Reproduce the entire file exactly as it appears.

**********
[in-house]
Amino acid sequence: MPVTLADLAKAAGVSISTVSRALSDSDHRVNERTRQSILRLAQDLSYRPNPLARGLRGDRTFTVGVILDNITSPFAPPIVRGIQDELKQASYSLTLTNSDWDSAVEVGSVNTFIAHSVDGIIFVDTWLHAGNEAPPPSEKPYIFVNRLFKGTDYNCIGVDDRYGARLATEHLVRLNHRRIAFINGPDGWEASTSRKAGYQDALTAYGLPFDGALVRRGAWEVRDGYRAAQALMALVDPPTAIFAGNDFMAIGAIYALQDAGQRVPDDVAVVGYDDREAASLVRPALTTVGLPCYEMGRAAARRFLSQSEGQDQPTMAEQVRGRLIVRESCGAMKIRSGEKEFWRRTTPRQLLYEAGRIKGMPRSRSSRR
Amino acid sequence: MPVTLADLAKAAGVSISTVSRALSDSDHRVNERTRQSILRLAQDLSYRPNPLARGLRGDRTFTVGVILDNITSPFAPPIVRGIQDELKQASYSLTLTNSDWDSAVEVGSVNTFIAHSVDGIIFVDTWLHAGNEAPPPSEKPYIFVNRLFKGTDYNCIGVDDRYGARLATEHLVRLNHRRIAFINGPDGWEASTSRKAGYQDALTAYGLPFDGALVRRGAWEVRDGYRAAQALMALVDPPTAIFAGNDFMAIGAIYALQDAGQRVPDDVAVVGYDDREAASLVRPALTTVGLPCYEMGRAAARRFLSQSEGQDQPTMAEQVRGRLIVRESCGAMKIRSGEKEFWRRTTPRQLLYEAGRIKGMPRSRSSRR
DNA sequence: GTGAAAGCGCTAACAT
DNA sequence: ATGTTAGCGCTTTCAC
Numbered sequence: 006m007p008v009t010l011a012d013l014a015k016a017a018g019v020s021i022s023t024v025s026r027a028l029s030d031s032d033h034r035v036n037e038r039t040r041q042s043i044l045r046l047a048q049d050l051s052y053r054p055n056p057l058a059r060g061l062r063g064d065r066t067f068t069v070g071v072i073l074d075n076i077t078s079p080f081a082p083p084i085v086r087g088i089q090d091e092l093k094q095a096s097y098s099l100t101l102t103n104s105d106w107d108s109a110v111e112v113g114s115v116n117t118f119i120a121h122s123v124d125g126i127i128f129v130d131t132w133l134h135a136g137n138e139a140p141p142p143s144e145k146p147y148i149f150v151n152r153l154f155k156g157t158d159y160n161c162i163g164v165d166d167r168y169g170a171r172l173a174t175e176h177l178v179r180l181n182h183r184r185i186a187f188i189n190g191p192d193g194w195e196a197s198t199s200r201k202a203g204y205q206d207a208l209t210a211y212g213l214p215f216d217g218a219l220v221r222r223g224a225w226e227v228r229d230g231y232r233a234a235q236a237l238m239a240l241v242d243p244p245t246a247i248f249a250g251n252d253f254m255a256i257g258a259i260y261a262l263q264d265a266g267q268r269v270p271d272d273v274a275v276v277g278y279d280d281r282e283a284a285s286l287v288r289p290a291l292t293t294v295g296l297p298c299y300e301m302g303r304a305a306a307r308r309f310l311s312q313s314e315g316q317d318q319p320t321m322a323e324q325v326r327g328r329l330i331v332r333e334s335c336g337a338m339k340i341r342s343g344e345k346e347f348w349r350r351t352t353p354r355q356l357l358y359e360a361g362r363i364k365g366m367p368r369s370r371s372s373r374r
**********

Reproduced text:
[in-house]
Amino acid sequence: MPVTLADLAKAAGVSISTVSRALSDSDHRVNERTRQSILRLAQDLSYRPNPLARGLRGDRTFTVGVILDNITSPFAPPIVRGIQDELKQASYSLTLTNSDWDSAVEVGSVNTFIAHSVDGIIFVDTWLHAGNEAPPPSEKPYIFVNRLFKGTDYNCIGVDDRYGARLATEHLVRLNHRRIAFINGPDGWEASTSRKAGYQDALTAYGLPFDGALVRRGAWEVRDGYRAAQALMALVDPPTAIFAGNDFMAIGAIYALQDAGQRVPDDVAVVGYDDREAASLVRPALTTVGLPCYEMGRAAARRFLSQSEGQDQPTMAEQVRGRLIVRESCGAMKIRSGEKEFWRRTTPRQLLYEAGRIKGMPRSRSSRR
Amino acid sequence: MPVTLADLAKAAGVSISTVSRALSDSDHRVNERTRQSILRLAQDLSYRPNPLARGLRGDRTFTVGVILDNITSPFAPPIVRGIQDELKQASYSLTLTNSDWDSAVEVGSVNTFIAHSVDGIIFVDTWLHAGNEAPPPSEKPYIFVNRLFKGTDYNCIGVDDRYGARLATEHLVRLNHRRIAFINGPDGWEASTSRKAGYQDALTAYGLPFDGALVRRGAWEVRDGYRAAQALMALVDPPTAIFAGNDFMAIGAIYALQDAGQRVPDDVAVVGYDDREAASLVRPALTTVGLPCYEMGRAAARRFLSQSEGQDQPTMAEQVRGRLIVRESCGAMKIRSGEKEFWRRTTPRQLLYEAGRIKGMPRSRSSRR
DNA sequence: GTGAAAGCGCTAACAT
DNA sequence: ATGTTAGCGCTTTCAC
Numbered sequence: 006m007p008v009t010l011a012d013l014a015k016a017a018g019v020s021i022s023t024v025s026r027a028l029s030d031s032d033h034r035v036n037e038r039t040r041q042s043i044l045r046l047a048q049d050l051s052y053r054p055n056p057l058a059r060g061l062r063g064d065r066t067f068t069v070g071v072i073l074d075n076i077t078s079p080f081a082p083p084i085v086r087g088i089q090d091e092l093k094q095a096s097y098s099l100t101l102t103n104s105d106w107d108s109a110v111e112v113g114s115v116n117t118f119i120a121h122s123v124d125g126i127i128f129v130d131t132w133l134h135a136g137n138e139a140p141p142p143s144e145k146p147y148i149f150v151n152r153l154f155k156g157t158d159y160n161c162i163g164v165d166d167r168y169g170a171r172l173a174t175e176h177l178v179r180l181n182h183r184r185i186a187f188i189n190g191p192d193g194w195e196a197s198t199s200r201k202a203g204y205q206d207a208l209t210a211y212g213l214p215f216d217g218a219l220v221r222r223g224a225w226e227v228r229d230g231y232r233a234a235q236a237l238m239a240l241v242d243p244p245t246a247i248f249a250g251n252d253f254m255a256i257g258a259i260y261a262l263q264d265a266g267q268r269v270p271d272d273v274a275v276v277g278y279d280d281r282e283a284a285s286l287v288r289p290a291l292t293t294v295g296l297p298c299y300e301m302g303r304a305a306a307r308r309f310l311s312q313s314e315g316q317d318q319p320t321m322a323e324q325v326r327g328r329l330i331v332r333e334s335c336g337a338m339k340i341r342s343g344e345k346e347f348w349r350r351t352t353p354r355q356l357l358y359e360a361g362r363i364k365g366m367p368r369s370r371s372s373r374r